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Why does it make sense to invest?
Here I would like to show you why investing is important. The sooner you start, the better.
Most people in Germany have little or no financial education. This is also partially understandable, because financial subjects are taught insufficiently at school and most people have no interest in their finances.
Many let the advertising direct them and consume their salary for things they don’t need to impress people they don’t like.
At the end of their working life, they then hold the state or other external circumstances responsible for their financial situation. The reasons for their own financial ignorance are not questioned.
It is relatively easy in particular for young people to build up assets for retirement or to escape the hamster wheel of working life ahead of time.
I hear many complaints that they supposedly cannot afford to invest. I can’t believe that – and I’ll show you why!
The effect of compound interest
If someone regularly invests € 100 per month in shares or an index fund after completing their studies or training and does this throughout their entire professional life of 45 years, then they have built up assets of € 452,340.22.
The person paid only € 54,000 and received € 528,944.30 in interest / dividends / price increases. The taxes of € 130,604.08 have already been taken into account.
Capital: € 0
Saving time: 45 years (professional life)
Paid-up capital: € 54,000
Interest rate: 10% (average return on shares p.a. over the past 100 years of the broad S&P 500 share index)
Interest: € 528,944.30
Taxes: € 130,604.08 (26.375% German capital gains tax and € 801 exemption amount)
Final assets: € 452,340.22
Surprised? That is the effect of the compound interest. Humans think linearly, so it is difficult for most to imagine this exponential effect.
In the first 27 years, the assets reached a value of € 100,000. For the next € 100,000 it will then only take 8 years, then another 6 years and finally less than 5 years to achieve total assets of more than € 400,000. The savings rates remain constant over the entire period at € 100 per month.
It is important to understand the effect, but it also requires a lot of discipline and patience, because the compound interest only really takes effect after 10-15 years (that’s the way it is with the exponential function). It is therefore important to start investing early and to think long-term.
If you can’t spare 100 € a month yourself, you may need it. really financial support.
The demand by CDU-politician Friedrich Merz to promote stock saving was only laughed at in Germany. There are similar programs in the USA, which are quite successful. Many normal employees are able to build up decent retirement assets in their professional lives through state funding. The state pension funds are relieved.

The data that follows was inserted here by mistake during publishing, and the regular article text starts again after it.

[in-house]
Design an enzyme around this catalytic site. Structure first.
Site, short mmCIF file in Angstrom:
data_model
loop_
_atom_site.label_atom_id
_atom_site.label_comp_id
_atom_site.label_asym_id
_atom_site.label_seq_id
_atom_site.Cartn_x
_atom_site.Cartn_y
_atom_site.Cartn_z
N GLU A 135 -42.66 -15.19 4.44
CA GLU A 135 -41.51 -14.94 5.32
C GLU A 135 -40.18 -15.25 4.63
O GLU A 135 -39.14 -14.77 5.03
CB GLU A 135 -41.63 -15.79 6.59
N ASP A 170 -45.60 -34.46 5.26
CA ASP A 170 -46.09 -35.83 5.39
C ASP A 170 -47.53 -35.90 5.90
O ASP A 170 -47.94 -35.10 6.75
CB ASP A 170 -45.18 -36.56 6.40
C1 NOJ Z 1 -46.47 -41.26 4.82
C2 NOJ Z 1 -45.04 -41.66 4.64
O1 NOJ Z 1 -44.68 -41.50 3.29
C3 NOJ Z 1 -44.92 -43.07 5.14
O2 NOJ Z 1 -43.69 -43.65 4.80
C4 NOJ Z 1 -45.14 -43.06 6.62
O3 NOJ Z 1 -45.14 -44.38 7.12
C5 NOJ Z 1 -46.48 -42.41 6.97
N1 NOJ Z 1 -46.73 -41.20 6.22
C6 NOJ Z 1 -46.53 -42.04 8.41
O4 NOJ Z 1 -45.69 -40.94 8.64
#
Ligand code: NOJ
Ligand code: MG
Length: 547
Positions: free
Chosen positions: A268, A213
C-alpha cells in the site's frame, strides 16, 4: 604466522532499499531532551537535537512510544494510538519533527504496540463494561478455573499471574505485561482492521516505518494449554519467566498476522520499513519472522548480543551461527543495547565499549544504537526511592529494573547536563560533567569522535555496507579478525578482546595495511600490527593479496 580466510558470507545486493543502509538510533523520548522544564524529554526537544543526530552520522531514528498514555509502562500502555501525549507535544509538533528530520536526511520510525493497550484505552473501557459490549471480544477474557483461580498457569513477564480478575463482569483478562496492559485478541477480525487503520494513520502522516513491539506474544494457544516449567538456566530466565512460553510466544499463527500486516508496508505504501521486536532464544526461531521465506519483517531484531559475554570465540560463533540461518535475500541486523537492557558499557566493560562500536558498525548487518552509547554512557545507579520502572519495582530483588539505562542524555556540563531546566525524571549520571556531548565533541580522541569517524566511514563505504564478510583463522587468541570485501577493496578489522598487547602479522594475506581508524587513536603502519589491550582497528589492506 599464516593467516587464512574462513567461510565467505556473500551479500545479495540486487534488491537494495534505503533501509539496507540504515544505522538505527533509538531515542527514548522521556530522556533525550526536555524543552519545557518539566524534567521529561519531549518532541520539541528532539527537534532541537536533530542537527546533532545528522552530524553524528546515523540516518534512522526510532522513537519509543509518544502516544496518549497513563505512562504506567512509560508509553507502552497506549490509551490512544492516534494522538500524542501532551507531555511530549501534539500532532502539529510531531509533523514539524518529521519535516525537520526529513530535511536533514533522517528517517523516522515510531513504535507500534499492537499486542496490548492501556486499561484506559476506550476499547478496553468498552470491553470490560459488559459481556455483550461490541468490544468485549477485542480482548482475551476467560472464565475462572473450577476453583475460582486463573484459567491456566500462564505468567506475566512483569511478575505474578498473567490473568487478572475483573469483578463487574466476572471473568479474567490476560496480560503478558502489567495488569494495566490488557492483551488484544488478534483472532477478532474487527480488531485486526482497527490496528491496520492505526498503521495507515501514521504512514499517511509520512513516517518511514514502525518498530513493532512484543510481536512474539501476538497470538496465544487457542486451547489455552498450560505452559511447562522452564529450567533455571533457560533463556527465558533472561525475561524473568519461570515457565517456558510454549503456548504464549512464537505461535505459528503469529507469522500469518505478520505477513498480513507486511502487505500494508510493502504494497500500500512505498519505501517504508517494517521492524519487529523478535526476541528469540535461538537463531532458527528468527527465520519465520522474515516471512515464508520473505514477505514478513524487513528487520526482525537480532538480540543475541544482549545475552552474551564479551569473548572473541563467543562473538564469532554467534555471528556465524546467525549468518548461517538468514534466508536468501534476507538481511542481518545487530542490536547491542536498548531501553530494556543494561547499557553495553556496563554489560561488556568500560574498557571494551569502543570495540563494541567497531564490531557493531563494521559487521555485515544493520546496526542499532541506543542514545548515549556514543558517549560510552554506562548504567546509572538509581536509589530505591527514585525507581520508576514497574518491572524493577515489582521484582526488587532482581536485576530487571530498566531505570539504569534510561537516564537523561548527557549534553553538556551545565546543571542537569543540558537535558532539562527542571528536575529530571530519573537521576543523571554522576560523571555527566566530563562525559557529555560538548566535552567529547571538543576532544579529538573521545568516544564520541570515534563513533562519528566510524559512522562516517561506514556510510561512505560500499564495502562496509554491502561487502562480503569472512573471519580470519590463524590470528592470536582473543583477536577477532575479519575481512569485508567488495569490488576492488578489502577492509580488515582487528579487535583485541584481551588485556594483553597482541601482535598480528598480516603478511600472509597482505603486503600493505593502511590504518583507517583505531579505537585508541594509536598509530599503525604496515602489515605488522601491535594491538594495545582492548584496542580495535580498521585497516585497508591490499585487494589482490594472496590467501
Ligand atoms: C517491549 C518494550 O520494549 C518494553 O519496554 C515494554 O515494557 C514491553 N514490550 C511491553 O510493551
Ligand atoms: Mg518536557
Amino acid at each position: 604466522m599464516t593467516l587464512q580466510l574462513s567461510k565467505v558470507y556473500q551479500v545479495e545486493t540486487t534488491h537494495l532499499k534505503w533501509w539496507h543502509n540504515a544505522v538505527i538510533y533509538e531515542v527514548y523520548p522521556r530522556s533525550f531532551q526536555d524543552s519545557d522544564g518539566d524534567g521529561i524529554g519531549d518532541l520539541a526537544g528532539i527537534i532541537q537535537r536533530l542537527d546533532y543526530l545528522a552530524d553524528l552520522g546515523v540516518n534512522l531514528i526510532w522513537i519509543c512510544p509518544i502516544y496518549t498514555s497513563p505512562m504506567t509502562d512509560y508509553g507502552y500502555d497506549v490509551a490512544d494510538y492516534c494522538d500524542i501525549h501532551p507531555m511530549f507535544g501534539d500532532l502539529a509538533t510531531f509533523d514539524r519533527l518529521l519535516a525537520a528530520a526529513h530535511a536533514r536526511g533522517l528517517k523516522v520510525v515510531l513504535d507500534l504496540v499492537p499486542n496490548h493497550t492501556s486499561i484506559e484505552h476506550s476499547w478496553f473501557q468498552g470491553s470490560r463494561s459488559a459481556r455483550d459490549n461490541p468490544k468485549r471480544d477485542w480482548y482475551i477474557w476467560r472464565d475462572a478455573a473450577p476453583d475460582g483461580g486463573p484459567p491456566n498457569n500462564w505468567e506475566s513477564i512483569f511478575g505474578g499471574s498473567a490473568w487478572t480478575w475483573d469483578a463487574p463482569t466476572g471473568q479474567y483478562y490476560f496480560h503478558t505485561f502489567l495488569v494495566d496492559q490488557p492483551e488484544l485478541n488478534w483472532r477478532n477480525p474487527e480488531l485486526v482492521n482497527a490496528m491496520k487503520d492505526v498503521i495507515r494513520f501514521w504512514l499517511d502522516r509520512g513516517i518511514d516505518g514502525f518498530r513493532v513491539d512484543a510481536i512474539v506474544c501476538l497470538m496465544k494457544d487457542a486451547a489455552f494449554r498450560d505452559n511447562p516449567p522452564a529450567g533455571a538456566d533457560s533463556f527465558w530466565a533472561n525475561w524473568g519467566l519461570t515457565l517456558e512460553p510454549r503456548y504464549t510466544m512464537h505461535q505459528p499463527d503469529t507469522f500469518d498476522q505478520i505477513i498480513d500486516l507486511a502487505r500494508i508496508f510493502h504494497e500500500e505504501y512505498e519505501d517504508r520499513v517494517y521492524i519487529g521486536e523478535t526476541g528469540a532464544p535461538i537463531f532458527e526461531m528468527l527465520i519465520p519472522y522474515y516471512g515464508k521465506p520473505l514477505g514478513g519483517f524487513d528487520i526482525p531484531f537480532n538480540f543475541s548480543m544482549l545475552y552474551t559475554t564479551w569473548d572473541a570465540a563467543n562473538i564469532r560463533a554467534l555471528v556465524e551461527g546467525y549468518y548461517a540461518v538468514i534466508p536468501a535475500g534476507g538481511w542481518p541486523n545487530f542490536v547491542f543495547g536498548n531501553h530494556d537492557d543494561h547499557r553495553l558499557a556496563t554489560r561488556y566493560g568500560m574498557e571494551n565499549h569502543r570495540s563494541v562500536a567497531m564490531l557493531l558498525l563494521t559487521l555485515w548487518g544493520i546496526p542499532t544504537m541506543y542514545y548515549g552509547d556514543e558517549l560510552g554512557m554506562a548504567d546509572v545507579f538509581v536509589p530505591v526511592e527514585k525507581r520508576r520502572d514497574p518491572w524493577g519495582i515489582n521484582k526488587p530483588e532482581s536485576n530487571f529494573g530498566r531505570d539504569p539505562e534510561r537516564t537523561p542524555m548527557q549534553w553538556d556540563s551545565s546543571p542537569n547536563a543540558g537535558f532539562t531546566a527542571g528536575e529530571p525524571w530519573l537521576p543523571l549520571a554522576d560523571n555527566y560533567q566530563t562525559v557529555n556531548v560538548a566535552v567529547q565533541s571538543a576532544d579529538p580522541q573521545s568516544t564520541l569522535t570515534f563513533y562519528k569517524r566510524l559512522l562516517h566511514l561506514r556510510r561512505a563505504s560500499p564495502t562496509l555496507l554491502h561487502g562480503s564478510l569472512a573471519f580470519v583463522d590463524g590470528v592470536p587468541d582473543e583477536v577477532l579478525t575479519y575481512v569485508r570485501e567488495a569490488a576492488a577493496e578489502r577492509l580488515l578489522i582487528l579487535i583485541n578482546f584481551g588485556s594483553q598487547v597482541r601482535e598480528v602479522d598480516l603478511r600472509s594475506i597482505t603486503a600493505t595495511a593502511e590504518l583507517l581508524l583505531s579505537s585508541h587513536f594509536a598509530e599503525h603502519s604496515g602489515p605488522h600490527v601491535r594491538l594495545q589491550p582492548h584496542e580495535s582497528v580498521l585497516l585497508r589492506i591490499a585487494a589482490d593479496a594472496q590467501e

But I don’t want to go into the political framework any further. It is crucial that you choose to take your finances into your own hands and not make yourself dependent on external circumstances.
Excuses are always easy to find, responsibility for your life can only be assumed by YOU.
It depends on you
It is only up to you whether you take control of your finances yourself or not. Take time to think about the people from whom you will take financial advice. Regardless of whether they are valued family members or friends, ask yourself the following questions:
Are they financially successful or independent?
Do they have experience on the stock market yourself? Otherwise why would you believe them?
Can you learn from them?
Do they have prejudices or justified objections?
My humble contribution
I am convinced that long-term investing makes a significant contribution to wealth creation. Make up your own mind about it.
If you want to learn more about a few basic rules of investing, then read my post on Smart Investing.
If I should have piqued your interest, I recommend two books to deepen your knowledge:
A book worth reading, less about the right investment strategy but more about the right mindset, is “Rich Dad Poor Dad: What the Rich Teach Their Children About Money” by R. Kiyosaki *. The author describes in an entertaining way why it is important to invest in your own financial education and that you can achieve financial independence with it.
The best book I’ve ever read about investing is “Poor Charlie’s Almanack: The Wit and Wisdom of Charles T. Munger” *.
This book contains the wisdom of legendary and highly intelligent Berkshire Hathaway Vice Chairman Charlie Munger. In addition to advice on investing, the book on its more than 500 pages also bursts with wisdom of the 95-year-old American about a fulfilled life.
BUT: In my opinion, it is only suitable for really interested readers. If you count yourself among them, then you can expect a great reading experience.